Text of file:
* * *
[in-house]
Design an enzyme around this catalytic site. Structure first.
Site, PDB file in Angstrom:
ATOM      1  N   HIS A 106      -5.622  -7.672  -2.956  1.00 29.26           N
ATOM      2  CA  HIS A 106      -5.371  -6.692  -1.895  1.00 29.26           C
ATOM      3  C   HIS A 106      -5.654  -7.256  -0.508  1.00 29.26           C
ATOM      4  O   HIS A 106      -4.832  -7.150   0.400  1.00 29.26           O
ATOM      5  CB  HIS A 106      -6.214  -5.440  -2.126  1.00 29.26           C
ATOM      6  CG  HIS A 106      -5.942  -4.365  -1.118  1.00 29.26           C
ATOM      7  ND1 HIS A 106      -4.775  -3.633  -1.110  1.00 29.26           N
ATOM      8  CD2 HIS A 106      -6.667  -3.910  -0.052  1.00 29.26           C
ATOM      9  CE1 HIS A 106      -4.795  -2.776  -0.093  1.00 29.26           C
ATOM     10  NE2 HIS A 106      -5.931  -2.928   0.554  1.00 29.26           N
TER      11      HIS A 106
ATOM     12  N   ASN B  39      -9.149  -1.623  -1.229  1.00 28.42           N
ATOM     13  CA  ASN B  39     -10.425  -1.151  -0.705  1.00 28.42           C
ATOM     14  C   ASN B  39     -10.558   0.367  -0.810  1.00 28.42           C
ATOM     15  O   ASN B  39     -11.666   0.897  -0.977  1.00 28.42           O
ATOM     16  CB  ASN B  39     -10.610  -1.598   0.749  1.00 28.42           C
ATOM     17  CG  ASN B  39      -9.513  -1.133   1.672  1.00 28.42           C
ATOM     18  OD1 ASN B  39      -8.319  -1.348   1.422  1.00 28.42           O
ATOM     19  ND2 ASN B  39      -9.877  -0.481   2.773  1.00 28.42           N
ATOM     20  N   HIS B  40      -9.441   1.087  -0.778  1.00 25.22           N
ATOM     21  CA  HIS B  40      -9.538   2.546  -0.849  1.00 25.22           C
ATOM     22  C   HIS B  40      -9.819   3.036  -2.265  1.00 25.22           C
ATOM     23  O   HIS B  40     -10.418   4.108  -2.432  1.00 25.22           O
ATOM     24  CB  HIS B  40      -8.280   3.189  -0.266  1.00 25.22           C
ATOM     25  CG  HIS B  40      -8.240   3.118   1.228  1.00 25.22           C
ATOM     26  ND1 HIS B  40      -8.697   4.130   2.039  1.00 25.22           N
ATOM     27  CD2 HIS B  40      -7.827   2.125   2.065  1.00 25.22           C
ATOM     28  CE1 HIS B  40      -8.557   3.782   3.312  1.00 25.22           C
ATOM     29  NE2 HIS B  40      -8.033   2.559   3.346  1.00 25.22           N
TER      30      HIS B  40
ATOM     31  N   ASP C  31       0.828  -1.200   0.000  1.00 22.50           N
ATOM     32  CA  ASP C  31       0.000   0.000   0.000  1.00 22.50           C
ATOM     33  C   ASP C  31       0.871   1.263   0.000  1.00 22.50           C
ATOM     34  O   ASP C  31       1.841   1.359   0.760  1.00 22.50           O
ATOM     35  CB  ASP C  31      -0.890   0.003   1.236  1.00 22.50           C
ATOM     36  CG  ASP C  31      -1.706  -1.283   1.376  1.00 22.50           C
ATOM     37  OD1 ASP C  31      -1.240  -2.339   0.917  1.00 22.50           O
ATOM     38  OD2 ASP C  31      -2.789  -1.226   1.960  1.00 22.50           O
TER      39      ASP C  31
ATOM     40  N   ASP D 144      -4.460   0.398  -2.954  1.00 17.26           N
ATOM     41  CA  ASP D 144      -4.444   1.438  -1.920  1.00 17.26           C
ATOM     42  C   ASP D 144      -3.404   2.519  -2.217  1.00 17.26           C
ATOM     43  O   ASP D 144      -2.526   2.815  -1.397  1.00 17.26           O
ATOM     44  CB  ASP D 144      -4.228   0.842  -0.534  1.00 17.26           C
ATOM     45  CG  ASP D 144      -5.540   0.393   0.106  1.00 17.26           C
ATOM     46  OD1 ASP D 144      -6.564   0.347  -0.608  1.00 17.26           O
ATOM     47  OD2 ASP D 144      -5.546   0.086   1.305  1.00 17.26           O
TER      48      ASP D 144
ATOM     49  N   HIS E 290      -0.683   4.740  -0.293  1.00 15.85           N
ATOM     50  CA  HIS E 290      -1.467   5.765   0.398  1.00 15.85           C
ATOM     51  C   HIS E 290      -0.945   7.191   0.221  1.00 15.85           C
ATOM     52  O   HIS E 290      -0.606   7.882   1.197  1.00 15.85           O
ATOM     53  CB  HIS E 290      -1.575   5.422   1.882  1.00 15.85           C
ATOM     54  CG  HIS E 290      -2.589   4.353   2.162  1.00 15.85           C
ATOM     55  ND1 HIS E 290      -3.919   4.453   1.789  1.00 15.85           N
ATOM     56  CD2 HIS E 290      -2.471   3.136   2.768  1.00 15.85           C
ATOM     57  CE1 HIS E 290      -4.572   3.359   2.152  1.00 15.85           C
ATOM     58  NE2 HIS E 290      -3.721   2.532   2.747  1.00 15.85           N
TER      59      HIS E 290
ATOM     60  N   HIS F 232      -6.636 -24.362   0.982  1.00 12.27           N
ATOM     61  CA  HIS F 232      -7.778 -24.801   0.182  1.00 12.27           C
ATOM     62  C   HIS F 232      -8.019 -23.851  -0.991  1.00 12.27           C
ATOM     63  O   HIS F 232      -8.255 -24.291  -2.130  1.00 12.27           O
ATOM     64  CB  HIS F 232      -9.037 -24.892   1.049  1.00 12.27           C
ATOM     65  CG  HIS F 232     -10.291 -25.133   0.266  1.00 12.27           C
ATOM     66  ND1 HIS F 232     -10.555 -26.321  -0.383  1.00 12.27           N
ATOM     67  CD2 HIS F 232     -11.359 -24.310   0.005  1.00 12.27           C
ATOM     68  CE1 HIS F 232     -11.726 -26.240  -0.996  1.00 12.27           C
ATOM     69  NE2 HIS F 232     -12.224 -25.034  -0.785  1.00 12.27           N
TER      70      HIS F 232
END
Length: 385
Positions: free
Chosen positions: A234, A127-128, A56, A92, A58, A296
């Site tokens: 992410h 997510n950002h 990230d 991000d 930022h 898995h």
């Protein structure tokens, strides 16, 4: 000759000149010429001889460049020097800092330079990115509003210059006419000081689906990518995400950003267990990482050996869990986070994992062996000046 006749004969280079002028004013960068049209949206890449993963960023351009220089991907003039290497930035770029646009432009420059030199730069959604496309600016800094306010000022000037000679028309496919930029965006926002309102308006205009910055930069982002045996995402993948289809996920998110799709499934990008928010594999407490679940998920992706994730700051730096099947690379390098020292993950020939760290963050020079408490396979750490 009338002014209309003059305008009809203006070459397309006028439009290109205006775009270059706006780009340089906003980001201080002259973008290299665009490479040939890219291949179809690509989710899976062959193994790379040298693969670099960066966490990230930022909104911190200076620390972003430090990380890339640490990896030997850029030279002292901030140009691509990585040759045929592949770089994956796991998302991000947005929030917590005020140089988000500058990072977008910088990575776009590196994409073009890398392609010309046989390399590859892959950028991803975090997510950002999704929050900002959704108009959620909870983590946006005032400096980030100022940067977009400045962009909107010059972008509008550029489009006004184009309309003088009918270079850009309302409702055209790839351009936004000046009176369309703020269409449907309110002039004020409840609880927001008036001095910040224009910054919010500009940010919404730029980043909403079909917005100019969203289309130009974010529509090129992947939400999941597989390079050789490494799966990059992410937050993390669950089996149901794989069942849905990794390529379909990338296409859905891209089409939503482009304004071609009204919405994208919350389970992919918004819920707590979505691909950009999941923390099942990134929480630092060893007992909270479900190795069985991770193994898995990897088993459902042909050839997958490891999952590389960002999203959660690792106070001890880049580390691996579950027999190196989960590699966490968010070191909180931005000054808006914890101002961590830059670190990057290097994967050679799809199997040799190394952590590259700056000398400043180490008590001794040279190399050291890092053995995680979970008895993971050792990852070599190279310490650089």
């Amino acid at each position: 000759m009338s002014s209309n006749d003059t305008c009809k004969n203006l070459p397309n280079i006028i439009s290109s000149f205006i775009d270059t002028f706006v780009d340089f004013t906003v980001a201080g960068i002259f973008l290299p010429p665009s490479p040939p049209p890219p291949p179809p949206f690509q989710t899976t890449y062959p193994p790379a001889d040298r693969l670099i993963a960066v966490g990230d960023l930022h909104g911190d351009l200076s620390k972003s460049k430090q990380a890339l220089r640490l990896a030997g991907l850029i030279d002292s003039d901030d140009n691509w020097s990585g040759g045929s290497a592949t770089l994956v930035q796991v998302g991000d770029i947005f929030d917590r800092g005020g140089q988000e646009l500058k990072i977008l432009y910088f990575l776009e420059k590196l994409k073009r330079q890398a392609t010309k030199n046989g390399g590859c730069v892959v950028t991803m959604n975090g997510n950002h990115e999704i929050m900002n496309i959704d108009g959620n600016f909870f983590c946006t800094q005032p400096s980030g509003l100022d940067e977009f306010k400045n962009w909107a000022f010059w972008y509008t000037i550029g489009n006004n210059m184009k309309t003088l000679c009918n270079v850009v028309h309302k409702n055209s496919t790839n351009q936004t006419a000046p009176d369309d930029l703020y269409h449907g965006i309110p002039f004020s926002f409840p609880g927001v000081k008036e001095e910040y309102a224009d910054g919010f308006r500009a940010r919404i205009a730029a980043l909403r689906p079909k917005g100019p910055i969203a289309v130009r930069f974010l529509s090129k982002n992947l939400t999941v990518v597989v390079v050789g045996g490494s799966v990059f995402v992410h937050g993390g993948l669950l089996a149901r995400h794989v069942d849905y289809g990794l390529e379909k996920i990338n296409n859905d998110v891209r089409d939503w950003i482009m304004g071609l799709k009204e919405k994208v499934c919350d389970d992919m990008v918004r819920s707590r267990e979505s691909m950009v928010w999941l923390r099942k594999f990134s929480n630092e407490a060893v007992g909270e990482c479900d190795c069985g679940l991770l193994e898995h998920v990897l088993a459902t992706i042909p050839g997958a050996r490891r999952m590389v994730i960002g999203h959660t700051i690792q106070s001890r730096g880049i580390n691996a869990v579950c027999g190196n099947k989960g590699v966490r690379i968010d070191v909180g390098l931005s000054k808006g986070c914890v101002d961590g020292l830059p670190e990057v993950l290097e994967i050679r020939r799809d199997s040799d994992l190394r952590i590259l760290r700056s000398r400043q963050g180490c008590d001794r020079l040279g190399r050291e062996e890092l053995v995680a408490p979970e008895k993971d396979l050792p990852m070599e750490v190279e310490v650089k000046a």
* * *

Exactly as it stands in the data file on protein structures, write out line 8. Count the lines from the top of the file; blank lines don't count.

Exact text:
ATOM      5  CB  HIS A 106      -6.214  -5.440  -2.126  1.00 29.26           C